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How Do I Talk to My Child About Suicide?

Not long ago we got a call from a mom who heard that her child had been talking about taking their life. She said that didn't really sound like her child, who was a happy kid, but still she worried. We understood her concern and her Family Support Partner (FSP) was able to talk her through how to have that conversation and get them help. But we've learned that if one parent has a concern many other families across the state are likely to have the same worry? So, our team reached out to experts across the state and together we created, "How do I talk to my child about suicide?"

An image of the tip sheet in English on one side and Spanish on the other.

We know this is not an easy topic for you to even think about, let alone discuss with your child. However, this is far too important to push off if you are concerned about them. One of the experts we worked with shared; “We never really know what’s going on with kids unless we ask. If we notice a child limping, we might ask if they got hurt or are in pain. From there, we can make a decision about how best to get them treatment. The same is true when we notice a child in emotional distress. Unless we ask if they’re having thoughts of suicide, we may never know and may not get them to the right resources for help.” – Rose Milani, Program Director, Pennsylvania Youth Suicide Prevention Project.

Every single one of the experts that we worked agreed that keeping the conversation as simple as possible is best for a child who may be struggling.

“Studies show that asking someone about suicide calmly and directly is a safe and effective approach that helps reduce their risk of suicide.” Dr. Perri Rosen, School Psychologist.

Perhaps you have heard the myth that asking your child about suicide will put that idea in their head. This is not the case at all, and we asked Milani to debunk it for our readers. “Asking your child directly if they are thinking about suicide is the most effective way to determine if they are at risk, and studies show that this will not put the idea in their head if it’s not there already.” – Rose Milani, Program Director, Pennsylvania Youth Suicide Prevention Project.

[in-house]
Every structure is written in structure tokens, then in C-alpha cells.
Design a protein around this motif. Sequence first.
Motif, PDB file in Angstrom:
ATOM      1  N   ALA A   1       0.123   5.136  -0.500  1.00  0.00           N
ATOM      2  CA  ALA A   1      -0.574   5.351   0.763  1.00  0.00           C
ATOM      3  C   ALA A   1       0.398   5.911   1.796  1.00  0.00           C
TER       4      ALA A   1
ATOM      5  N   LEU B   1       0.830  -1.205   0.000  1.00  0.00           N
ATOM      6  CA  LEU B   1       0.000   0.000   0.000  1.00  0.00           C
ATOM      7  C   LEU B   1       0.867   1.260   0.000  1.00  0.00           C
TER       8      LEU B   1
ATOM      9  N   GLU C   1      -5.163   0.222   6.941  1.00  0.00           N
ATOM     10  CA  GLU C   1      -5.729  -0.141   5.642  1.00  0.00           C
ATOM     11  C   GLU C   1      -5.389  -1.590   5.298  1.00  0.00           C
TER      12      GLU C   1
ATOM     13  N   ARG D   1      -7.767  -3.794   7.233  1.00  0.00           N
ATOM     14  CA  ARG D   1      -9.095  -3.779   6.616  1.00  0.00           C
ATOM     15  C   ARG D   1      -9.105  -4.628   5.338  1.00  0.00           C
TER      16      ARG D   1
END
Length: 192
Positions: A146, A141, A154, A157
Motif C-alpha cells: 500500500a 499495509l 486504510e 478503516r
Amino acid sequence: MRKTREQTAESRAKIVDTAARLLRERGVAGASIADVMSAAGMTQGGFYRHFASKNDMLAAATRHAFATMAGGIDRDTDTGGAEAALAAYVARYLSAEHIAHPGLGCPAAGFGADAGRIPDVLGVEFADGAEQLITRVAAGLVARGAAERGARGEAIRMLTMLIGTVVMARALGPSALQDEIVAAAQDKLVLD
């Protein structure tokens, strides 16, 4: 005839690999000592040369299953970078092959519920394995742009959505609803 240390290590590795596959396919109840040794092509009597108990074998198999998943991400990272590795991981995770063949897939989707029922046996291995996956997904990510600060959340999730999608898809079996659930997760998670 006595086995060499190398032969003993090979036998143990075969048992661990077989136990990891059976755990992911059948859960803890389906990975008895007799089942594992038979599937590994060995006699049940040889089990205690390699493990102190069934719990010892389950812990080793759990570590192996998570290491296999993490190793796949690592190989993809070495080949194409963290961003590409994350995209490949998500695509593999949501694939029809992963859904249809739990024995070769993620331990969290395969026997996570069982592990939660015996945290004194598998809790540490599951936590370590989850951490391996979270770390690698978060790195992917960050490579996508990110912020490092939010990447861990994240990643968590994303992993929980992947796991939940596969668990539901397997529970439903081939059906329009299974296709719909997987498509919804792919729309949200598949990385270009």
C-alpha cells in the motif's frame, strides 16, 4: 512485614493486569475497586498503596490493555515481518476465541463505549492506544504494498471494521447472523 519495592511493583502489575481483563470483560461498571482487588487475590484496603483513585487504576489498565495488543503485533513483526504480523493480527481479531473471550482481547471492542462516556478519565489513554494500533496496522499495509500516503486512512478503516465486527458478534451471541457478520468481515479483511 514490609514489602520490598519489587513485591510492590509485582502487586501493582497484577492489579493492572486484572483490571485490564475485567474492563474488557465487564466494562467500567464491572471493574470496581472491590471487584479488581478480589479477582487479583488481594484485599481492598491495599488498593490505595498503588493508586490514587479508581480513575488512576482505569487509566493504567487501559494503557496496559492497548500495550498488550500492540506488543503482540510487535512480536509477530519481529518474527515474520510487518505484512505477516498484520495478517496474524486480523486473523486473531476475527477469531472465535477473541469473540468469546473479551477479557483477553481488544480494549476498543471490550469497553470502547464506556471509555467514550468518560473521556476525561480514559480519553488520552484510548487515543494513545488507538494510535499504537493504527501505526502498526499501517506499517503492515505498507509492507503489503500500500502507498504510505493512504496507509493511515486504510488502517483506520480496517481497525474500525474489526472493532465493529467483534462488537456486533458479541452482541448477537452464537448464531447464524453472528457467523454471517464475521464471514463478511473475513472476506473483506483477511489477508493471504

If you are concerned about your child, you are probably also overwhelmed with what to do and how to help. This short and simple tip sheet can give you conversation tips and starters and a clearly defined “next step.” This can be very helpful for someone who is already in a stressful situation. It also details several valuable supports that are there for your child and for you.

“You and your child deserve the support you may need. Asking your child about suicidal thoughts and getting connected to resources assists the family through the crisis and in getting connected to long term supports.” – Rose Milani, Program Director, Pennsylvania Youth Suicide Prevention Project.

We hope you never need to use this tip sheet but if you do it's available in our Helpful Resources tab both under Tip Sheets and Suicide Awareness. You can also find the Spanish version here. And as always, our Family Support Partners are here and ready to help!


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